Examines the Record in respect of Elec-
tion Forecasts and ventures Opinions on
why those of 1948 were so Sadly Awry.
BEFORE THE VOTERS deposited their ballots on the first Tuesday after the first Monday in November 1948, the pollsters claimed, and outsiders did not deny, that they had had a good record in predicting the results of elections. By stating their errors in averages, they had made this record appear to be much better than it really was. Moreover, they had camouflaged the size of each such error by stating it in terms of what they called "percentage points."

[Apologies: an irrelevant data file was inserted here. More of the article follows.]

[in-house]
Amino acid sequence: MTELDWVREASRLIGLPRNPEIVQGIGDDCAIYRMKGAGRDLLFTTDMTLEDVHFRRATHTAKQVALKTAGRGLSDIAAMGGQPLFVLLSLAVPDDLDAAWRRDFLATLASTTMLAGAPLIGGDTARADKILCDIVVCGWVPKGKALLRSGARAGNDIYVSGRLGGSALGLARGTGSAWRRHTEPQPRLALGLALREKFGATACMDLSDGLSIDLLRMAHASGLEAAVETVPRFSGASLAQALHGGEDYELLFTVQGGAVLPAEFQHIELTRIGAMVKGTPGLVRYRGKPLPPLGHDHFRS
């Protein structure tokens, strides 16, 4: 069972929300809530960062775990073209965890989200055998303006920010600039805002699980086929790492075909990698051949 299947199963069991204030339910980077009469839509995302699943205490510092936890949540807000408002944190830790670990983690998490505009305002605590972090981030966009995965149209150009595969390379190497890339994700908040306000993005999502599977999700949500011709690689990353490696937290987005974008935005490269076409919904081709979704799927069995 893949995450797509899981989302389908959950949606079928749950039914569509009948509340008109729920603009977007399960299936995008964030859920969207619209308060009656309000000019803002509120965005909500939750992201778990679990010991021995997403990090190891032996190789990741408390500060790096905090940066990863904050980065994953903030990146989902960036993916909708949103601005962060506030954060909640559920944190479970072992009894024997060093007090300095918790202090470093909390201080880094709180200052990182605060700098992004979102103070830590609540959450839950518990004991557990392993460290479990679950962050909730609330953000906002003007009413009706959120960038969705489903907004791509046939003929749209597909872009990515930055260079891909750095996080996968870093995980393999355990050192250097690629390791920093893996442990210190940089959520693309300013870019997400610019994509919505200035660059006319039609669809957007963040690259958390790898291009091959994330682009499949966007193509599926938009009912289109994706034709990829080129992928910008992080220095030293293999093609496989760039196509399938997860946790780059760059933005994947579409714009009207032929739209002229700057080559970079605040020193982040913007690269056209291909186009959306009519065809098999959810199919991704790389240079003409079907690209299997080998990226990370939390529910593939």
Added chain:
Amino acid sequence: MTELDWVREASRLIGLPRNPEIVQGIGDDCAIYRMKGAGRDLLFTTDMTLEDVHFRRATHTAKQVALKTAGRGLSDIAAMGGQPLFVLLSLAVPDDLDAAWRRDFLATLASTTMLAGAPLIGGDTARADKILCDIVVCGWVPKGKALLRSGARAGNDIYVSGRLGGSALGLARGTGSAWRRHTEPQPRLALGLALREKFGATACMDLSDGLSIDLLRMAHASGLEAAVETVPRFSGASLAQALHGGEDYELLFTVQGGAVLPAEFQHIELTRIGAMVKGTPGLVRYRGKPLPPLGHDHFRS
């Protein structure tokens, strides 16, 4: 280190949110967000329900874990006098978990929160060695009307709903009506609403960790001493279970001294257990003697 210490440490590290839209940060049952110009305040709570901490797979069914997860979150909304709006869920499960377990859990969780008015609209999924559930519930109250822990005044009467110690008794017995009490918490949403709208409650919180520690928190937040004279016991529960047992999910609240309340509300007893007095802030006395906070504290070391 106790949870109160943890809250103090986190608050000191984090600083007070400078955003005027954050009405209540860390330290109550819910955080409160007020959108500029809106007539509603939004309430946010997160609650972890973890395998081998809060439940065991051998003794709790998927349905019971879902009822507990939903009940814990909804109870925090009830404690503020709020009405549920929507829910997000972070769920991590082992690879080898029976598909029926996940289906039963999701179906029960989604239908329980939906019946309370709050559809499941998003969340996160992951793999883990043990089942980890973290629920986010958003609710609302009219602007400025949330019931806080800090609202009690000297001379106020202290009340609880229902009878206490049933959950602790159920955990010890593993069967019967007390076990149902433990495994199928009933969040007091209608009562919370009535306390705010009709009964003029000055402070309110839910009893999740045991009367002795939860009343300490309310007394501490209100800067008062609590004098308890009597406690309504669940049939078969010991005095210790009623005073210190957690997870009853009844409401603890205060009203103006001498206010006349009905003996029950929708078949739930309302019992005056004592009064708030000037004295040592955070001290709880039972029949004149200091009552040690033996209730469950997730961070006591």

In the case of the Italian general election of April 1948, for example, the polling organization affiliated with the American Institute of Public Opinion claimed that it had an "average error for all parties of 2.6 per cent." But one of the predictions had been that the National Bloc would get 9 per cent of all the votes cast. It actually got 3.8 per cent of the votes. Dr. Gallup, describes this error as amounting to 5.2 "percentage points," but to me, who am not a statistician, the real prediction was that the National Bloc would poll two and one third more votes than it did. Similarly, in 1948 Dr. Gallup prophesied that Henry Wallace would receive 4 per cent of the total vote. Mr. Wallace got 2.4